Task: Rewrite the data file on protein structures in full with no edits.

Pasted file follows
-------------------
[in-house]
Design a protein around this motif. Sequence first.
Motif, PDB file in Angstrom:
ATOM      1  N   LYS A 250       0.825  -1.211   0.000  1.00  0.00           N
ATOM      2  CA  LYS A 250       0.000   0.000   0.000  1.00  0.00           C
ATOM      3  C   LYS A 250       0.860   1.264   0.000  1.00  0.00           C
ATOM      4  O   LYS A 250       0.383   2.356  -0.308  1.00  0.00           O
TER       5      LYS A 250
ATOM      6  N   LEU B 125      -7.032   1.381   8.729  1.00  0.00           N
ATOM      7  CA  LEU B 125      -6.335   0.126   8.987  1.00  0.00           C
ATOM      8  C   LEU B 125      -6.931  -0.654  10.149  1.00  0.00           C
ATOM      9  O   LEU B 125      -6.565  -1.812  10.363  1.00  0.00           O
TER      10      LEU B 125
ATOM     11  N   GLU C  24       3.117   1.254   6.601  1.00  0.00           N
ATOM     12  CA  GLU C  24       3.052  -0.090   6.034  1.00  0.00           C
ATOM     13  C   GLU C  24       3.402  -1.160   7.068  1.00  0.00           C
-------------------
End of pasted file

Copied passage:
[in-house]
Design a protein around this motif. Sequence first.
Motif, PDB file in Angstrom:
ATOM      1  N   LYS A 250       0.825  -1.211   0.000  1.00  0.00           N
ATOM      2  CA  LYS A 250       0.000   0.000   0.000  1.00  0.00           C
ATOM      3  C   LYS A 250       0.860   1.264   0.000  1.00  0.00           C
ATOM      4  O   LYS A 250       0.383   2.356  -0.308  1.00  0.00           O
TER       5      LYS A 250
ATOM      6  N   LEU B 125      -7.032   1.381   8.729  1.00  0.00           N
ATOM      7  CA  LEU B 125      -6.335   0.126   8.987  1.00  0.00           C
ATOM      8  C   LEU B 125      -6.931  -0.654  10.149  1.00  0.00           C
ATOM      9  O   LEU B 125      -6.565  -1.812  10.363  1.00  0.00           O
TER      10      LEU B 125
ATOM     11  N   GLU C  24       3.117   1.254   6.601  1.00  0.00           N
ATOM     12  CA  GLU C  24       3.052  -0.090   6.034  1.00  0.00           C
ATOM     13  C   GLU C  24       3.402  -1.160   7.068  1.00  0.00           C